Monthly Archives: March 2015

That Time I Finally Understood Where My Mother Was Coming From (#372)

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I remember a day WAAAAAAY back when – probably around 1979 or 1980 – when I was finally allowed to walk around Kennywood by myself with friends. It was an exciting day. I went with a friend who was a family friend – our parents had been friends since childhood, so we had known each other pretty much since birth and despite her being a year younger (huge to a child), we were good friends.

I believe her parents took us and set us loose. My parents were coming later, after work. We made our way around the park, and ended up meeting up with some of HER friends (I knew them all, but we didn’t hang out, or really have a relationship). It started off OK, but there was an odd number of us now, and before long, it was me who was being forced to ride alone (or not at all in the case of the 2-riders-or-none rides like the Thunderbolt). And eventually, somehow (I don’t really remember how it happened), they dumped me.

A few hours before, I felt so grown up, walking around this seeming huge place without an adult! But now? Now I was scared. I was surrounded by strangers and I had been abandoned by my lifelong friend. I was embarrassed, as if it were somehow MY fault that they had left me. I don’t remember how long I walked around that park like that. It seemed like an eternity, but it was probably about an hour or two before I saw my parents running towards me. They had spotted me walking alone and crying, and it scared them to death.

I remember that my parents spent the rest of the night riding every vomit-inducing ride the park had, just to try and make me feel better. And in the end, the night finished with me becoming best friends with the girl who still holds that spot in my heart (an awesome story for another day), so it all worked out, I suppose. But not for my mom. She was PISSED. I don’t know if she ever said anything to my friend’s parents, or just let it go, but I remember how very, VERY pissed she was.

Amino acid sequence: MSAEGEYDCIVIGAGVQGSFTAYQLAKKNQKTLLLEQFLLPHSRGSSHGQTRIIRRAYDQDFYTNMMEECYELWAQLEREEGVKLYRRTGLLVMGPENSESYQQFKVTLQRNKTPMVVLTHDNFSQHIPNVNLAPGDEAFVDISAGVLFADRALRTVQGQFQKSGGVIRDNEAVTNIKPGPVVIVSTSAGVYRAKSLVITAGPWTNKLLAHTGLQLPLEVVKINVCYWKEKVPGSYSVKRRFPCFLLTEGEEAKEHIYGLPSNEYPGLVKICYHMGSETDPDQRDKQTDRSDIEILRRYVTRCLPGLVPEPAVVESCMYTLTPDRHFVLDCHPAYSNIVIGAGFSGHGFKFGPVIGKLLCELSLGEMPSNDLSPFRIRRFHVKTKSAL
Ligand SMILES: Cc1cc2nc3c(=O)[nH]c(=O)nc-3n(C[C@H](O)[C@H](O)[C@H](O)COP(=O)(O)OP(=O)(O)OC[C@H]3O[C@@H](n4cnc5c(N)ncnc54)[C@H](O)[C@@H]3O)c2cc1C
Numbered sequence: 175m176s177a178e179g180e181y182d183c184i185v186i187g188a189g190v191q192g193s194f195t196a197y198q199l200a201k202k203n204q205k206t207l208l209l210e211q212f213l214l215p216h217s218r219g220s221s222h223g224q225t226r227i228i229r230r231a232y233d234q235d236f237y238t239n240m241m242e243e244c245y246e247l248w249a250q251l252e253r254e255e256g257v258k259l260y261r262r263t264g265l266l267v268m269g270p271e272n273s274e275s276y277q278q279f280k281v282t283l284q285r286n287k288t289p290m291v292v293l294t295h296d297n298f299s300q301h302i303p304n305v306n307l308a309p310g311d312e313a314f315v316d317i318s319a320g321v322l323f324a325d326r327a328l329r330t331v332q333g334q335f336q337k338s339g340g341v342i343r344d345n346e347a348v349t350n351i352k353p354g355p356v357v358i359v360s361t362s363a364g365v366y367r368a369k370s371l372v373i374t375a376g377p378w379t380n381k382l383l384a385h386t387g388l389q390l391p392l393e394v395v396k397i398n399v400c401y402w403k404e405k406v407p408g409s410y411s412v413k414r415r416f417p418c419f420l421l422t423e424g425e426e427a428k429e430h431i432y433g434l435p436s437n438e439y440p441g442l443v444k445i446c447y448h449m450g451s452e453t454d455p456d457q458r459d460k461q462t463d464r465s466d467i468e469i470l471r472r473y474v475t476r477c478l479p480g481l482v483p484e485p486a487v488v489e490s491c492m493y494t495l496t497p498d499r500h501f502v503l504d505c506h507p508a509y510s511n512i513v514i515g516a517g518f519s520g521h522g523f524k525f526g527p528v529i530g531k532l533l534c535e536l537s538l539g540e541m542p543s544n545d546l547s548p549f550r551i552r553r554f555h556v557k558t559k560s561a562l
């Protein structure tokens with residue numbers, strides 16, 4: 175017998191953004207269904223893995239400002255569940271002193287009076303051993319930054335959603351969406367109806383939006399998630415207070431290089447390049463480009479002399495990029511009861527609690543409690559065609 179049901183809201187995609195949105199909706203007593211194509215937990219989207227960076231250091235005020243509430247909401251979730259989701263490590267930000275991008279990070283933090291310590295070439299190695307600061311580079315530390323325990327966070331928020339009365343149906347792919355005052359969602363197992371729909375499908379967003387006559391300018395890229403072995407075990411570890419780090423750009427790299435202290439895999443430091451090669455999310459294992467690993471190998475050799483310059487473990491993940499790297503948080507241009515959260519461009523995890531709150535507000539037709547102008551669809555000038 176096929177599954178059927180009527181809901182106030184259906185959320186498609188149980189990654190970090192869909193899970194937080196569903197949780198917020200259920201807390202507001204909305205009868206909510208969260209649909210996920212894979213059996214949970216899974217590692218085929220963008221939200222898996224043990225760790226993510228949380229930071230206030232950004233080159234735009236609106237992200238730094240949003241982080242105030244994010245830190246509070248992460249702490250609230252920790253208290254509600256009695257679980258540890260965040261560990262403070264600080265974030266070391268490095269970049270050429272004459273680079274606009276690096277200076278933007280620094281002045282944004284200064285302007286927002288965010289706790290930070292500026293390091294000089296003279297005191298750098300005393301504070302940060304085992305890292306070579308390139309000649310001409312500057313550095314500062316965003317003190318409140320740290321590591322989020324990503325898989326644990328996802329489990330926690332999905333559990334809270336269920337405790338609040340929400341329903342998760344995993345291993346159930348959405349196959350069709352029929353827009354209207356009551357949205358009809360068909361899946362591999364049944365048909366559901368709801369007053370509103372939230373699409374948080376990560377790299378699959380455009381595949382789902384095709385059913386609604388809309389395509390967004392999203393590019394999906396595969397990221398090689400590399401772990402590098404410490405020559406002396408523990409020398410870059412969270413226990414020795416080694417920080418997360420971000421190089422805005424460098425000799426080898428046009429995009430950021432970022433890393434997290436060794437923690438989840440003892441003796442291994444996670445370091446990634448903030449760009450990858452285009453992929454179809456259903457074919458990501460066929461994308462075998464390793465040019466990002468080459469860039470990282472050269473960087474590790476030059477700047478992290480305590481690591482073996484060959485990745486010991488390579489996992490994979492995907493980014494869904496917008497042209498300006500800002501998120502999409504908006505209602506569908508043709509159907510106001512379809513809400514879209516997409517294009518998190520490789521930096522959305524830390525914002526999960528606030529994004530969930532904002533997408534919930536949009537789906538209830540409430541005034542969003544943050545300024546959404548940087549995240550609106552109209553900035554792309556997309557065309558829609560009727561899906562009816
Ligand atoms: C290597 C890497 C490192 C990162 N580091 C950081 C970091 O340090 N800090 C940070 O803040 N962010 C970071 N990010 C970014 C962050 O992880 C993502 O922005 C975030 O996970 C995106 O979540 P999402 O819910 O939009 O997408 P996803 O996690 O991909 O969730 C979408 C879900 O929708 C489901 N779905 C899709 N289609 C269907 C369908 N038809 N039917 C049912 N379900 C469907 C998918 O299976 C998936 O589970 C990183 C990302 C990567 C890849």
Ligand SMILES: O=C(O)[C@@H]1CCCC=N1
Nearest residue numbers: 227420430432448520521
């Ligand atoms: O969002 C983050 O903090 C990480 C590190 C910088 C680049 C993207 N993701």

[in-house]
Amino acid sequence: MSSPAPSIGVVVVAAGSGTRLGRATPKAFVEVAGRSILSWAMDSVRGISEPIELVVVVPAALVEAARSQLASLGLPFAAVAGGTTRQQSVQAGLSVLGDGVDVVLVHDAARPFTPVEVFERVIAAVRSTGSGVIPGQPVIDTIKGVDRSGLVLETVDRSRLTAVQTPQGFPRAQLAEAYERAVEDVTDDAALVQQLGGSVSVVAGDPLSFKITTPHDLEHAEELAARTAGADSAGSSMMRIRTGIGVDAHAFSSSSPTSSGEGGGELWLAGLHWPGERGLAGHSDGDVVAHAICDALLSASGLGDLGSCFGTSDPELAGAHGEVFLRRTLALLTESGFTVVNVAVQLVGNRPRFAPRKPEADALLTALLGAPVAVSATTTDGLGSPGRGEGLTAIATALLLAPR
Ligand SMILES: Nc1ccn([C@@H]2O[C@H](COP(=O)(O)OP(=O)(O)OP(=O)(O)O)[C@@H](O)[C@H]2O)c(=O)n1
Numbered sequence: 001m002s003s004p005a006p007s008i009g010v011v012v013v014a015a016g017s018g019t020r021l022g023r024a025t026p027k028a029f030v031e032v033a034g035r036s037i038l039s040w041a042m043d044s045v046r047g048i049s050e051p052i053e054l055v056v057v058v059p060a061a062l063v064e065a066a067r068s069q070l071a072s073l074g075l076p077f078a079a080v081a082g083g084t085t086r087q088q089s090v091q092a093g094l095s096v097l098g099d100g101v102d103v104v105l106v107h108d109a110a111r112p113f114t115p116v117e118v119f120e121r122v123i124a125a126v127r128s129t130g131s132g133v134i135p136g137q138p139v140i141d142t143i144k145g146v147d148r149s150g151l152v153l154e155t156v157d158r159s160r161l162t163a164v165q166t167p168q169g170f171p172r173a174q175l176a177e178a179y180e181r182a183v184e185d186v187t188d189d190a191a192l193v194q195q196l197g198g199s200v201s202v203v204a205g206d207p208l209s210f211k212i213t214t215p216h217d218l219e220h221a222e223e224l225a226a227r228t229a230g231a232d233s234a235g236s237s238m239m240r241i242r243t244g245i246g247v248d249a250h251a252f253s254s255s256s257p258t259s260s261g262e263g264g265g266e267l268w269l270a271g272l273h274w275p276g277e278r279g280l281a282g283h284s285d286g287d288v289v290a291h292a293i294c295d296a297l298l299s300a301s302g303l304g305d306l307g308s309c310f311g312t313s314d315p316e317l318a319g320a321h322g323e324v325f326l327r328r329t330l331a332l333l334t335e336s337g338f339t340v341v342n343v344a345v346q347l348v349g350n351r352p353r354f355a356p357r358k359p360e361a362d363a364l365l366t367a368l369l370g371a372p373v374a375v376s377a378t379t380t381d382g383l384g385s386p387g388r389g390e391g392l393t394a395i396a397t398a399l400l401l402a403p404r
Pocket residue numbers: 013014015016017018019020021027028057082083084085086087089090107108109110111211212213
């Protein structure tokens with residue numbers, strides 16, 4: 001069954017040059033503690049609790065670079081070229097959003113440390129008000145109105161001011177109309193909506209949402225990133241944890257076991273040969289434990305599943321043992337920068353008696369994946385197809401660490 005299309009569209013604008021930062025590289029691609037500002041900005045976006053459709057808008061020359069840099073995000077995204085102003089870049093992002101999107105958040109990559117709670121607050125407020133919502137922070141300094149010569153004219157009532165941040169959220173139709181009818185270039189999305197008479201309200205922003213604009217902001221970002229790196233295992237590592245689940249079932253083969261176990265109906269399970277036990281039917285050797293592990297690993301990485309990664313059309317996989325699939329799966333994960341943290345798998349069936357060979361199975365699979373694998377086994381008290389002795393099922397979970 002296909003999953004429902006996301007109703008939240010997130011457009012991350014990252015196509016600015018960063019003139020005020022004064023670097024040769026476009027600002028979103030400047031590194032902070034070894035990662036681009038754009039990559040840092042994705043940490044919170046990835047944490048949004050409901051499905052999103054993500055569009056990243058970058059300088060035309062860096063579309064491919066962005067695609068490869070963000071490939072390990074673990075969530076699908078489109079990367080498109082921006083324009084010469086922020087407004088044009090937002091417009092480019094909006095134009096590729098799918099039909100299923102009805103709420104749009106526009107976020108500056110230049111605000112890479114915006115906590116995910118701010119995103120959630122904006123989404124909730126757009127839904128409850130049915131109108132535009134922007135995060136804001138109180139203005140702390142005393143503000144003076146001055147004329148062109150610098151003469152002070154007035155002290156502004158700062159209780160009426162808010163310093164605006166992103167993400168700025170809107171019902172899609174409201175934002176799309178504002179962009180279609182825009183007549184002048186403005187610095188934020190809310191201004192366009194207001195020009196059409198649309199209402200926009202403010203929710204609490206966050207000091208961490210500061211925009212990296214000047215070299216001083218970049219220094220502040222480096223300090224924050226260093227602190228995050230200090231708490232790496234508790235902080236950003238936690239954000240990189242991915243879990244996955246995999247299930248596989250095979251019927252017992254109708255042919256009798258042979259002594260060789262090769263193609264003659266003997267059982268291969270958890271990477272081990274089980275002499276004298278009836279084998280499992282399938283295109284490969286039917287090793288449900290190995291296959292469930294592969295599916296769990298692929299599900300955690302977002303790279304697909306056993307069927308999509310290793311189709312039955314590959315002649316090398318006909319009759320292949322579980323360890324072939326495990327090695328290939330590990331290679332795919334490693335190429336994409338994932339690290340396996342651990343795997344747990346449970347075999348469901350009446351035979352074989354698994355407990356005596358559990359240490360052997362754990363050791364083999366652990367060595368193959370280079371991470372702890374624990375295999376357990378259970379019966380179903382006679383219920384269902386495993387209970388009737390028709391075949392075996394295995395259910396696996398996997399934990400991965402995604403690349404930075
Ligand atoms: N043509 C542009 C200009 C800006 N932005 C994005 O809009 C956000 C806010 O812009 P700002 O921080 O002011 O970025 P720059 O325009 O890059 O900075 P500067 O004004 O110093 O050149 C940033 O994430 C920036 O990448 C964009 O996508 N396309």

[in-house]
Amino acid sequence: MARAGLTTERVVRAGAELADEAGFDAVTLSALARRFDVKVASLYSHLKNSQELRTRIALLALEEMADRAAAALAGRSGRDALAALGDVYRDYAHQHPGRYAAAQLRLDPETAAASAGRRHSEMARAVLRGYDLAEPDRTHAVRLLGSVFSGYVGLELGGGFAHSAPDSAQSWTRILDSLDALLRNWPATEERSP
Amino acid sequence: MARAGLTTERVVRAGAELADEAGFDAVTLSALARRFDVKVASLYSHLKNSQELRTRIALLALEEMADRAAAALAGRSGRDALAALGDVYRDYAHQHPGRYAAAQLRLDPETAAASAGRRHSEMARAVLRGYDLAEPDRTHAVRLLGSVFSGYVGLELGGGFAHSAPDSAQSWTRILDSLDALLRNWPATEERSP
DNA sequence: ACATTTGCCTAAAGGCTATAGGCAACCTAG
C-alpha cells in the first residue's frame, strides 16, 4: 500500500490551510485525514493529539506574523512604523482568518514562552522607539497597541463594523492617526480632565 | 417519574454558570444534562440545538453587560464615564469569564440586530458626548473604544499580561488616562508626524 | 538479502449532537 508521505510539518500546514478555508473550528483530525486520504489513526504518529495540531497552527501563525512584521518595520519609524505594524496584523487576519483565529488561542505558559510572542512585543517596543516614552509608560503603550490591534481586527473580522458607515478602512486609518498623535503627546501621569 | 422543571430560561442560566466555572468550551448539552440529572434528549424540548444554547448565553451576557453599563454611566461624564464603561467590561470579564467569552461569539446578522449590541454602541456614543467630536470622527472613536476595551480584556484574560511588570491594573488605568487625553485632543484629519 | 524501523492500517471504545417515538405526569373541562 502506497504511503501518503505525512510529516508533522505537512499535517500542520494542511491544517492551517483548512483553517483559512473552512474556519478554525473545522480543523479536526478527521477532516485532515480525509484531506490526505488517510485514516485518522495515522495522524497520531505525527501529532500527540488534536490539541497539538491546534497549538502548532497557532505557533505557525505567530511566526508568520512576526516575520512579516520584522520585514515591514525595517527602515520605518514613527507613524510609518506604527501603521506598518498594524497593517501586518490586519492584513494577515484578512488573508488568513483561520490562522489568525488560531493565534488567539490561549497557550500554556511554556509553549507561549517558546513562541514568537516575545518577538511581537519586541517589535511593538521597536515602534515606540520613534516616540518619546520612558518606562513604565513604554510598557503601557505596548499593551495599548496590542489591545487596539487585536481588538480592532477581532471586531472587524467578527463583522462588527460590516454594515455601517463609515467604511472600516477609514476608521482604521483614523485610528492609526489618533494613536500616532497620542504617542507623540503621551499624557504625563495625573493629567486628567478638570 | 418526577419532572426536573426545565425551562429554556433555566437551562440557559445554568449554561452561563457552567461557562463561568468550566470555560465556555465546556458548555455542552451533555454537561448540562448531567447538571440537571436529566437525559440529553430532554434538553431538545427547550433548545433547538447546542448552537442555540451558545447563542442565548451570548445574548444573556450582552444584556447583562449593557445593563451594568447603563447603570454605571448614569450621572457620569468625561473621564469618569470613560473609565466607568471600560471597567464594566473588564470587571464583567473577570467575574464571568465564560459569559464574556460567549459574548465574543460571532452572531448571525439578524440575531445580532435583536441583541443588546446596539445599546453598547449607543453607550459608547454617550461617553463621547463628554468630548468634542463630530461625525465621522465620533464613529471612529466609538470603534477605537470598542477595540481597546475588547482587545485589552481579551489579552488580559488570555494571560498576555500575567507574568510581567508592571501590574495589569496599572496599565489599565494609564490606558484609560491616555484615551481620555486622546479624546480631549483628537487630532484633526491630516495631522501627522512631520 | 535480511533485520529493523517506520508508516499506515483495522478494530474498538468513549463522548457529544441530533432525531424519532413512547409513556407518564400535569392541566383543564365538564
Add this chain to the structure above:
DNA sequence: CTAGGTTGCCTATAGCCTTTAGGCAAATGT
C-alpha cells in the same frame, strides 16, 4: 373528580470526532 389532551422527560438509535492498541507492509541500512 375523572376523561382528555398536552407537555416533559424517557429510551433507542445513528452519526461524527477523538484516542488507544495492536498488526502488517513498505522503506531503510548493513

And she stayed pissed. Even though I forgave my friend, my mother did not. She never trusted her again, never suggested that I invite her over, pretty much never liked her at all after that. I used to roll my eyes when she’d make a comment. Even many years later – as an adult – if I mentioned this friend, she would say, “I always remember how she left you in Kennywood.” And even as an adult, I would roll my eyes and say, “It’s FINE, Mom! It was years ago! It was no big deal – nothing bad happened!” But now I’m a mom, too, and I understand that something bad DID happen – her baby was hurt. And moms have a hard time forgetting when someone hurts their baby.

Recently, one of the girl’s friends said something extremely unkind about her. It really hurt her feelings (and if I’m being honest, it hurt mine a little, too). She didn’t say it to her face, but someone who heard it told her. And when the friend heard that she knew, she walked up to her, said, “I know you know what I said.” And walked away. No explanation, no apology, nothing. At some point in the next day or two, the girl forgave her friend (which is the right thing to do, of course), but now I get it. I get where my mom was coming from. The friend changed her story at some point, claiming she never said it – that the girl who relayed it made it up, but I don’t believe that based on her reaction when it happened. And like my mom, I will never forget. I will continue to be cordial, but I have no inclination to invite this girl over, or to extend any other sort of invitation. I’m glad that my daughter is kind and is continuing to be friendly, but like my mom, I can’t forget her face, her tears, her pain. And despite the fact that she looks and sounds exactly like me when she says, “It’s FINE, Mom!” I know that for me, it will never be fine.

And that’s OK – I’m the mom. It’s my job.